Subjective Morality

What are morals? Are they relative values? Are they subjective or are they objective? Where do we get them from?

Morals are (sometimes) codified criteria by which we decide what is good and bad, right and wrong.

Morals are relative because they vary from culture to culture, time period to time period and are also situational. An Aztec would have considered it a good thing to be sacrificed and to have their heart cut out. Slavery was considered morally acceptable up until mid-way through the 19th century, and isn’t today. We would be more lenient with someone with someone who stole a loaf of bread to feed their starving family over someone who stole diamonds purely for personal gain.

Even these are relative, there are bound to be people who disagree with me even on these.

Are they subjective or objective? Given that they’re relative as we’ve already established and given that people’s opinions and reactions differ it is obvious that they are subjective. Even if we reduce it down to the level of ‘what’s good for humans?’ in the way Sam Harris has tried to, or in the way utilitarian or epicurean systems have tried to, that’s still only applicable to humans (or given the evidence from other primates, some of them too). If a snake, a lion or any other creature with a different evolutionary history was intelligent enough to codify a moral system then we would expect their conception of right and wrong to be very different indeed.

Where do we get them from? The evidence would suggest evolutionary psychology being where. Instincts and behaviours can be passed on biologically as well as socially. We see that in the behaviours of all manner of creatures, many of which are quite complex and cannot reasonably be considered to have been passed on culturally. We also see natural variation on morality within humans, though we only recognise its negative extremes (sociopathy/psychopathy). Genetics are a reasonable predictor of where someone will fall in allegiance to political parties. Most of human contention in politics and in personal relationships seems to be about this tension between selfishness and altruism, though even selfishness is excused as an appeal to naturalism (Randian Objectivism, trickle-down economics, the invisible hand of the market).

I think of morality as existing in three layers (foundation at the bottom):

Individual: Our own moral decisions from experiences, thought etc. A personal code of ethics.
Nurture: The moral codes and behaviours instilled in us by our culture, parents and education.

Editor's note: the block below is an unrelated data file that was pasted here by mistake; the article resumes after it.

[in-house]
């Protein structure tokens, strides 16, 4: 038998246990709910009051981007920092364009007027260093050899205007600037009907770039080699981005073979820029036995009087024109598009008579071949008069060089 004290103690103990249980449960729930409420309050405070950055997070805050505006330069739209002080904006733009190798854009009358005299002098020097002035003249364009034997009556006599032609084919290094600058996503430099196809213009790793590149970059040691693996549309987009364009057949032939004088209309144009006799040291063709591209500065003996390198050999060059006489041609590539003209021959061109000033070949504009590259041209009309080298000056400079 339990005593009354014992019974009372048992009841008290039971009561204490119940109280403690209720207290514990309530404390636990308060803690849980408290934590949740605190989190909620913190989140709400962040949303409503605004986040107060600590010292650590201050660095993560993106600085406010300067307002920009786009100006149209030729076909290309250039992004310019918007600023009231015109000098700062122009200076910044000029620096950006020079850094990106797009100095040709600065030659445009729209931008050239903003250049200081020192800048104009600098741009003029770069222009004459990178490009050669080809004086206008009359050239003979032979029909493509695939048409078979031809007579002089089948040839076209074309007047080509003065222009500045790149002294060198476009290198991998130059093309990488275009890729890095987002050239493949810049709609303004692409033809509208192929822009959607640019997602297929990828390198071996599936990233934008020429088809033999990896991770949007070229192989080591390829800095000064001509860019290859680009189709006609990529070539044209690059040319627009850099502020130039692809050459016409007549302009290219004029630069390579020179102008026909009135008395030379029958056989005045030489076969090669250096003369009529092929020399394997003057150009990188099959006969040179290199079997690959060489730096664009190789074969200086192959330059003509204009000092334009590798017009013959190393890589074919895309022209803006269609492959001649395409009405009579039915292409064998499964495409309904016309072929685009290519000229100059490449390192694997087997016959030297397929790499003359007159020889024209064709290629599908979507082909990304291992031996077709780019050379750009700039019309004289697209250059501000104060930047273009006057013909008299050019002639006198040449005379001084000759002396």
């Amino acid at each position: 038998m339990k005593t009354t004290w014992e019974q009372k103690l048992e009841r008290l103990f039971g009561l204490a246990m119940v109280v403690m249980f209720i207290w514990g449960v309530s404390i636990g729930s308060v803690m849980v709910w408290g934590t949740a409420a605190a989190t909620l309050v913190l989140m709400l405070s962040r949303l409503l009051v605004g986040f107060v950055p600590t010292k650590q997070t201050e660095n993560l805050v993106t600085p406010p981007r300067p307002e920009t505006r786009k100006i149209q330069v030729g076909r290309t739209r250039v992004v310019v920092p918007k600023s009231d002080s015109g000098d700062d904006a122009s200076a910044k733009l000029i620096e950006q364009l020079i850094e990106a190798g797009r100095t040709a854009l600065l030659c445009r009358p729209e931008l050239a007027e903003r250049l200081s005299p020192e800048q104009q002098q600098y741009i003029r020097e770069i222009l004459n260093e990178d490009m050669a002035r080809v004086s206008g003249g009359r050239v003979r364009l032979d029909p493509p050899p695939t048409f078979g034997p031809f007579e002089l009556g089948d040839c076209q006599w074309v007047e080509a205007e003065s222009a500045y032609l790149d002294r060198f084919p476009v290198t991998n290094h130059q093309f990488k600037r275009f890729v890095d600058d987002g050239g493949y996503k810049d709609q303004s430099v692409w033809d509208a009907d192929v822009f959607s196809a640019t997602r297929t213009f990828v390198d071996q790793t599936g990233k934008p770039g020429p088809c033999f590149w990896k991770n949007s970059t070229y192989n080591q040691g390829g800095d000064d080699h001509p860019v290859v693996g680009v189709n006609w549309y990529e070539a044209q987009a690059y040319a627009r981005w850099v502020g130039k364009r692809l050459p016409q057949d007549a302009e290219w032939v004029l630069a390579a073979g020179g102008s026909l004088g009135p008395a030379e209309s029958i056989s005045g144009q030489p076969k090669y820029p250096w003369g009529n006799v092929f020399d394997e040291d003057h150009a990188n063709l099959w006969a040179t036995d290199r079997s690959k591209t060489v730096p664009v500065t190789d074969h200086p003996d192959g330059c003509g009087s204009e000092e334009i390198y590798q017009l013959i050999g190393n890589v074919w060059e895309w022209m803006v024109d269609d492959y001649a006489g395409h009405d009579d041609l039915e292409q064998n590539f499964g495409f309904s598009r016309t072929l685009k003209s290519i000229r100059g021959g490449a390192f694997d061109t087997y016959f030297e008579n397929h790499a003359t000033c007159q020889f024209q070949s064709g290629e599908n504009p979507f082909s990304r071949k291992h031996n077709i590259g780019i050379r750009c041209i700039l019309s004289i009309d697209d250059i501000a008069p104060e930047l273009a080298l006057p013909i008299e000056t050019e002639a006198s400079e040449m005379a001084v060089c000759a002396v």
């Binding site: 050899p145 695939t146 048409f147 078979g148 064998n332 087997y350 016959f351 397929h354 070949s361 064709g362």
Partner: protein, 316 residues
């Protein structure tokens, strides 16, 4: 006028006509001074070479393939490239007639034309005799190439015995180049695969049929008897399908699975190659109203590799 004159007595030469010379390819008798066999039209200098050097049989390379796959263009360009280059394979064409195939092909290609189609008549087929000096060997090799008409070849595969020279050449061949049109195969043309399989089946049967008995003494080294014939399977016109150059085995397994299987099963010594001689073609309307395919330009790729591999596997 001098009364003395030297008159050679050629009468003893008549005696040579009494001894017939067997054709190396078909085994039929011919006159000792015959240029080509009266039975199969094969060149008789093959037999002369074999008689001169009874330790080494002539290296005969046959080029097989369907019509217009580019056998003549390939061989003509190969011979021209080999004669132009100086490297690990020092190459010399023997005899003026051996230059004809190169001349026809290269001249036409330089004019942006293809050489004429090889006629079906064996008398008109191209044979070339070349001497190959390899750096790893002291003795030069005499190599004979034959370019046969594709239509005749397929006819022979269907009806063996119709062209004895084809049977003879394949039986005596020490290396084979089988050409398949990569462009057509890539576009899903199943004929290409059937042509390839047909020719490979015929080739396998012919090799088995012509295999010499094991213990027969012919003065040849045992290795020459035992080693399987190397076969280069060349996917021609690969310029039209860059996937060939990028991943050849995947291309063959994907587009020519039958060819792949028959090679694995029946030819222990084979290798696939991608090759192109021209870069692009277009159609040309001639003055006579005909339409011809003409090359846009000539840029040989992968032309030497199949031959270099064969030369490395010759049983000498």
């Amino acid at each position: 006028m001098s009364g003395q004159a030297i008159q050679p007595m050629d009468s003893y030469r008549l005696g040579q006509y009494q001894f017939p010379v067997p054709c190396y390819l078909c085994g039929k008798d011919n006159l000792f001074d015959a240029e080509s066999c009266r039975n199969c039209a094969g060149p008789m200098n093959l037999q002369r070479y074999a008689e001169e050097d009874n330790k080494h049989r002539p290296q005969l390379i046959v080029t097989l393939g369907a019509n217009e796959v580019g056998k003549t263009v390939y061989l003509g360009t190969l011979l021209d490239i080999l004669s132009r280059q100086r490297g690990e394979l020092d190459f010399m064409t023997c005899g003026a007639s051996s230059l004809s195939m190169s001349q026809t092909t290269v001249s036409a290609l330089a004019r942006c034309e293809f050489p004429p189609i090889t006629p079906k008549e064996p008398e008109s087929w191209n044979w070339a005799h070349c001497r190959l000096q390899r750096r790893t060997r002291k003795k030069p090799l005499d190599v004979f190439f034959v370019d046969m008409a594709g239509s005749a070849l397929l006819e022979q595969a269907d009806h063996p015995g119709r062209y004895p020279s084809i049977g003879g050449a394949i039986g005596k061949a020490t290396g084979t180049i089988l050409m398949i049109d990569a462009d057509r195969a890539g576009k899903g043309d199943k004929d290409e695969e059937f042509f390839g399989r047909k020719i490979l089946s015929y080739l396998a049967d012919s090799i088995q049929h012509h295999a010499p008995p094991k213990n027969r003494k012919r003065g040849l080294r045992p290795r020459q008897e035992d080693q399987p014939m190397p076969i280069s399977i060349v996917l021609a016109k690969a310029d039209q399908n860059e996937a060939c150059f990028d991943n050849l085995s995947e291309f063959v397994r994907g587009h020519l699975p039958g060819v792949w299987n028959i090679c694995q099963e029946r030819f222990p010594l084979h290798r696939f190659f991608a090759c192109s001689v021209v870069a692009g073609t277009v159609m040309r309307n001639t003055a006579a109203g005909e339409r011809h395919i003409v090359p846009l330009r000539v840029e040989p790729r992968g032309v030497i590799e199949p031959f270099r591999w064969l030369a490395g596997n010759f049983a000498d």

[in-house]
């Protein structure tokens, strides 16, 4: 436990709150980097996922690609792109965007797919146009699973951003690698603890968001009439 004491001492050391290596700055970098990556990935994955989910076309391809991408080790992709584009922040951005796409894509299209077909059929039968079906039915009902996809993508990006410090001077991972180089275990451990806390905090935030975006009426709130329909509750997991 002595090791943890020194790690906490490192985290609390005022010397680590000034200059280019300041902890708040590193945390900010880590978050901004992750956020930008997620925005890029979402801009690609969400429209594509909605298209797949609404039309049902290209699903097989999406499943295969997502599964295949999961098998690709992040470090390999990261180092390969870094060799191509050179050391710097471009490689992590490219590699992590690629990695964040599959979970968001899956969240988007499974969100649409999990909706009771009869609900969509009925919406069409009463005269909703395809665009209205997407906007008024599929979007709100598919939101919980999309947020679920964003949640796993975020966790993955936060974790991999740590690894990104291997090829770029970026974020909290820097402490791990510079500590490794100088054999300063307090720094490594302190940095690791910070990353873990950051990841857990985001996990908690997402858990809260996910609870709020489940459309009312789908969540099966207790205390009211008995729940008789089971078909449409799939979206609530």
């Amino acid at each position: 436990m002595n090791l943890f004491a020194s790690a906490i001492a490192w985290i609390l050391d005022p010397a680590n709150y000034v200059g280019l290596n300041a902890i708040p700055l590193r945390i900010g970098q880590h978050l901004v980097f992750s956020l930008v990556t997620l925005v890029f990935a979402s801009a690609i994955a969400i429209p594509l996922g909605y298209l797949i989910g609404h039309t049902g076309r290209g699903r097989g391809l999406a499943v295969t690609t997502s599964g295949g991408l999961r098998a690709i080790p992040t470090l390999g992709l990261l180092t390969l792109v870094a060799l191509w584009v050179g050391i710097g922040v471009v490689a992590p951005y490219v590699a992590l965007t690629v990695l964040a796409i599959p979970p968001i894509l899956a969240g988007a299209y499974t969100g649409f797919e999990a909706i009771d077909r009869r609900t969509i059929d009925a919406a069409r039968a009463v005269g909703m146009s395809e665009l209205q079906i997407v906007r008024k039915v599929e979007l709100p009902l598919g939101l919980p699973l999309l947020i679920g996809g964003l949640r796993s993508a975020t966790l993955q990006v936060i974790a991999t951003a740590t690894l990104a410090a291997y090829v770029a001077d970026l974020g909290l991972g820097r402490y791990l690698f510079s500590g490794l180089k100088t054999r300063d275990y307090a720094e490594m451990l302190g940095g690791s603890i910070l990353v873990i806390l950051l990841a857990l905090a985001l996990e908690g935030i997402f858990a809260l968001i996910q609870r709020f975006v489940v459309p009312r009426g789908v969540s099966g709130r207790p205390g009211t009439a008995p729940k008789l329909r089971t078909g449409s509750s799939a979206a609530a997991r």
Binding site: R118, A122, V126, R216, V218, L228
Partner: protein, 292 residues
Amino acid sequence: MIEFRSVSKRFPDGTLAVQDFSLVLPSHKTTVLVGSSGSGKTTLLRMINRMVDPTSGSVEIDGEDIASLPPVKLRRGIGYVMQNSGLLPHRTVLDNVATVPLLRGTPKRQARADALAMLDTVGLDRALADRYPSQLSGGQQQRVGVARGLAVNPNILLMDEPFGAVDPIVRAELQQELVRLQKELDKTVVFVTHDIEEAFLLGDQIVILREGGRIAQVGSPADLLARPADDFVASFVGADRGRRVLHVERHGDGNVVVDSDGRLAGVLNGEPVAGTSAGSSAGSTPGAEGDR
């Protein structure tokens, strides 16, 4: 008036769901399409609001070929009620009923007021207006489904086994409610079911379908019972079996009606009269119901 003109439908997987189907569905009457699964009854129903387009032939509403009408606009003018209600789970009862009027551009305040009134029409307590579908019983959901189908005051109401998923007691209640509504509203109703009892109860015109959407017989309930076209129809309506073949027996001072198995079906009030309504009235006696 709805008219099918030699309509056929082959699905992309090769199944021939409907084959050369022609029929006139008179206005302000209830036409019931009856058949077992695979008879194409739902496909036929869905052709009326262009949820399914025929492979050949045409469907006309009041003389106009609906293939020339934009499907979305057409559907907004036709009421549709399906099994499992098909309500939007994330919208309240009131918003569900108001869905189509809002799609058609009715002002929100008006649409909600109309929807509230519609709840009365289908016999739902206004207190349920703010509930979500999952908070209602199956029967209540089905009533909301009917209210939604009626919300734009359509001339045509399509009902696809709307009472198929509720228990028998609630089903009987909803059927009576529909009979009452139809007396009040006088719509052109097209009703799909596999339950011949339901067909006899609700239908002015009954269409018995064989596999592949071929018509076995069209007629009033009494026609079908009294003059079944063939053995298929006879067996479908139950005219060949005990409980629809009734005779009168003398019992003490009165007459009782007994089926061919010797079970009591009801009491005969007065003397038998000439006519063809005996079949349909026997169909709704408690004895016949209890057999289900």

Nature: Our inherited, evolutionary moral sense.

The higher ones on the chart can override those lower on the chart.

For example, our instinct might be to provide care for someone in need. Our received notions of morality might override this by telling us that someone got themselves into trouble or somehow deserves what is happening to them. Our individual, personal sense of ethics might override this by leading us to make exceptions for friends or people we think are ‘the deserving poor’.

What hope, then, of finding any kind of universal morality?

Well, none.

There is hope of finding a human moral system, or multiple human moral systems that work though. There will be some things that are natural and universal to humans but there may be multiple ways of getting to them. The idea of ‘least harm’ and ‘most gain’ is a good guide, as is accurate information upon which to make decisions. Any moral system must have room to flex, to deal with situations, exceptions to bend and change with new information.

Utilitarianism and epicureanism are an obvious place to start as they measure relatively objective factors. We can test things and judge their results. Thereby finding our way to things that work, much in the same way we might seek to find a new design of wing. Of course, we cannot turn this into dogma, we would need to constantly reassess, explore and test as we would in any other field.

There’s hope, but the old way of thinking needs to be torn down first. Intellect needs to overcome ideology, faith and black and white thinking.


One response to “Subjective Morality

  1. Unfortunately, you’re not going to find a lot of people, even among atheists, who want to live by a totally rational moral system. There are just too many people who cling to emotion and faith and irrationality because that’s what they’ve always done and they want things to feel good, not work well.

    I’ve tried to argue this many times before and find it disturbing how many ostensibly rational atheists have kicked me because they’re desperate to maintain their emotional feel-good ideals, whether they’re actually workable or not.

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